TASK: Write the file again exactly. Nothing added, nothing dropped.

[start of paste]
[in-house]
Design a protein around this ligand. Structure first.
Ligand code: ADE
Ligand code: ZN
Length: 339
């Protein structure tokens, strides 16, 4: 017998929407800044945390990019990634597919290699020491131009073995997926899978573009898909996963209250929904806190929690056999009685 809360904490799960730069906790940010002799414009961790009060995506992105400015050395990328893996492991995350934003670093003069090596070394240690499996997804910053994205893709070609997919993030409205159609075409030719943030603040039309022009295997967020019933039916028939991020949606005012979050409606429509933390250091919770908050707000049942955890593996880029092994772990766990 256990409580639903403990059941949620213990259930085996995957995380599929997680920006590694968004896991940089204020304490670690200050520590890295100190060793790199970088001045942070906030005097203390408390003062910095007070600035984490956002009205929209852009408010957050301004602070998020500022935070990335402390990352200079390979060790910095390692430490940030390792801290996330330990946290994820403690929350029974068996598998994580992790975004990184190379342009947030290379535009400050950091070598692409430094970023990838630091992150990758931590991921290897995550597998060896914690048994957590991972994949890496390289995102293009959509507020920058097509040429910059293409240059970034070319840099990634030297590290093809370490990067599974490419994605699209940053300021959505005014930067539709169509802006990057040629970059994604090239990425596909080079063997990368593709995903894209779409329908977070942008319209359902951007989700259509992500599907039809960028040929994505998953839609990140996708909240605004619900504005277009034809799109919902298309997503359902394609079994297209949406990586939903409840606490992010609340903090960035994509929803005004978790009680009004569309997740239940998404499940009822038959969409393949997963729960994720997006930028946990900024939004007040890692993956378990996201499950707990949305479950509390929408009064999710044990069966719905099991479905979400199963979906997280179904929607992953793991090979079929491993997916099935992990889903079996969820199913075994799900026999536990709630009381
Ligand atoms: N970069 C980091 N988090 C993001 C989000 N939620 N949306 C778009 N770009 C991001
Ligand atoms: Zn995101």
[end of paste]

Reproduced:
[in-house]
Design a protein around this ligand. Structure first.
Ligand code: ADE
Ligand code: ZN
Length: 339
């Protein structure tokens, strides 16, 4: 017998929407800044945390990019990634597919290699020491131009073995997926899978573009898909996963209250929904806190929690056999009685 809360904490799960730069906790940010002799414009961790009060995506992105400015050395990328893996492991995350934003670093003069090596070394240690499996997804910053994205893709070609997919993030409205159609075409030719943030603040039309022009295997967020019933039916028939991020949606005012979050409606429509933390250091919770908050707000049942955890593996880029092994772990766990 256990409580639903403990059941949620213990259930085996995957995380599929997680920006590694968004896991940089204020304490670690200050520590890295100190060793790199970088001045942070906030005097203390408390003062910095007070600035984490956002009205929209852009408010957050301004602070998020500022935070990335402390990352200079390979060790910095390692430490940030390792801290996330330990946290994820403690929350029974068996598998994580992790975004990184190379342009947030290379535009400050950091070598692409430094970023990838630091992150990758931590991921290897995550597998060896914690048994957590991972994949890496390289995102293009959509507020920058097509040429910059293409240059970034070319840099990634030297590290093809370490990067599974490419994605699209940053300021959505005014930067539709169509802006990057040629970059994604090239990425596909080079063997990368593709995903894209779409329908977070942008319209359902951007989700259509992500599907039809960028040929994505998953839609990140996708909240605004619900504005277009034809799109919902298309997503359902394609079994297209949406990586939903409840606490992010609340903090960035994509929803005004978790009680009004569309997740239940998404499940009822038959969409393949997963729960994720997006930028946990900024939004007040890692993956378990996201499950707990949305479950509390929408009064999710044990069966719905099991479905979400199963979906997280179904929607992953793991090979079929491993997916099935992990889903079996969820199913075994799900026999536990709630009381
Ligand atoms: N970069 C980091 N988090 C993001 C989000 N939620 N949306 C778009 N770009 C991001
Ligand atoms: Zn995101």